In the future, every U.S. citizen will get to be Sacagawea for 15 minutes. For the low price of admission, every American, regardless of race, religion, gender and age, will climb through the portal into Sacagawea's Shoshone Indian brain. In the multicultural theme park called Sacagawea Land, you will be kidnapped as a child by the Hidatsa tribe and sold to Toussaint Charbonneau, the French-Canadian trader who will take you as one of his wives and father two of your children. Your first child, Jean-Baptiste, will be only a few months old as you carry him during your long journey with Lewis and Clark. The two captains will lead the adventure, fighting rivers, animals, weather and diseases for thousands of miles, and you will march right beside them. But you, the aboriginal multitasker, will also breast-feed. And at the end of your Sacagawea journey, you will be shown the exit and given a souvenir T shirt that reads, IF THE U.S. IS EDEN, THEN SACAGAWEA IS EVE.
Sacagawea is our mother. She is the first gene pair of the American DNA. In the beginning, she was the word, and the word was possibility. I revel in the wondrous possibilities of Sacagawea. It is good to be joyous in the presence of her spirit, because I hope she had moments of joy in what must have been a grueling life. This much is true: Sacagawea died of some mysterious illness when she was only in her 20s. Most illnesses were mysterious in the 19th century, but I suspect that Sacagawea's indigenous immune system was defenseless against an immigrant virus. Perhaps Lewis and Clark infected Sacagawea. If true, then certain postcolonial historians would argue that she was murdered not by germs but by colonists who carried those germs. I don't know much about the science of disease and immunities, but I know enough poetry to recognize that individual human beings are invaded and colonized by foreign bodies, just as individual civilizations are invaded and colonized by foreign bodies. In that sense, colonization might be a natural process, tragic and violent to be sure, but predictable and ordinary as well, and possibly necessary for the advance, however constructive and destructive, of all civilizations.
After all, Lewis and Clark's story has never been just the triumphant tale of two white men, no matter what the white historians might need to believe. Sacagawea was not the primary hero of this story either, no matter what the Native American historians and I might want to believe. The story of Lewis and Clark is also the story of the approximately 45 nameless and faceless first- and second-generation European Americans who joined the journey, then left or completed it, often without monetary or historical compensation. Considering the time and place, I imagine those 45 were illiterate, low-skilled laborers subject to managerial whims and 19th century downsizing. And it is most certainly the story of the black slave York, who also cast votes during this allegedly democratic adventure. It's even the story of Seaman, the domesticated Newfoundland dog who must have been a welcome and friendly presence and who survived the risk of becoming supper during one lean time or another. The Lewis and Clark Expedition was exactly the kind of multicultural, trigenerational, bigendered, animal-friendly, government-supported, partly French-Canadian project that should rightly be celebrated by liberals and castigated by conservatives.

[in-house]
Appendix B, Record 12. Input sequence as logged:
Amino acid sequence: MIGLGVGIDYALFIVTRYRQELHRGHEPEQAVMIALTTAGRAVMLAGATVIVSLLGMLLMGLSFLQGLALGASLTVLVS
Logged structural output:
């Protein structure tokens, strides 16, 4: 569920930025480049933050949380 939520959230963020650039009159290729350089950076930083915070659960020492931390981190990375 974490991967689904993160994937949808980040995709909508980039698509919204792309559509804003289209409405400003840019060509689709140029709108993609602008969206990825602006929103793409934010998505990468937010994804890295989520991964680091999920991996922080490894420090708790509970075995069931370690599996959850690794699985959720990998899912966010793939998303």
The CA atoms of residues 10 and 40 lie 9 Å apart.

In the end, I wonder if colonization might somehow be magical. After all, Miles Davis is the direct descendant of slaves and slave owners. Hank Williams is the direct descendant of poor whites and poorer Indians. In 1876 Emily Dickinson was writing her poems in an Amherst attic while Crazy Horse was killing Custer on the banks of the Little Big Horn. I remain stunned by these contradictions, by the successive generations of social, political and artistic mutations that can be so beautiful and painful. How did we get from there to here? This country somehow gave life to Maria Tallchief and Ted Bundy, to Geronimo and Joe McCarthy, to Nathan Bedford Forrest and Toni Morrison, to the Declaration of Independence and Executive Order No. 1066, to Cesar Chavez and Richard Nixon, to theme parks and national parks, to smallpox and the vaccine for smallpox.
As a Native American, I want to hate this country and its contradictions. I want to believe that Sacagawea hated this country and its contradictions. But this country exists, in whole and in part, because Sacagawea helped Lewis and Clark. In the land that came to be called Idaho, she acted as diplomat between her long-lost brother and the Lewis and Clark party. Why wouldn't she ask her brother and her tribe to take revenge against the men who had enslaved her? Sacagawea is a contradiction. Here in Seattle, I exist, in whole and in part, because a half-white man named James Cox fell in love with a Spokane Indian woman named Etta Adams and gave birth to my mother. I am a contradiction; I am Sacagawea.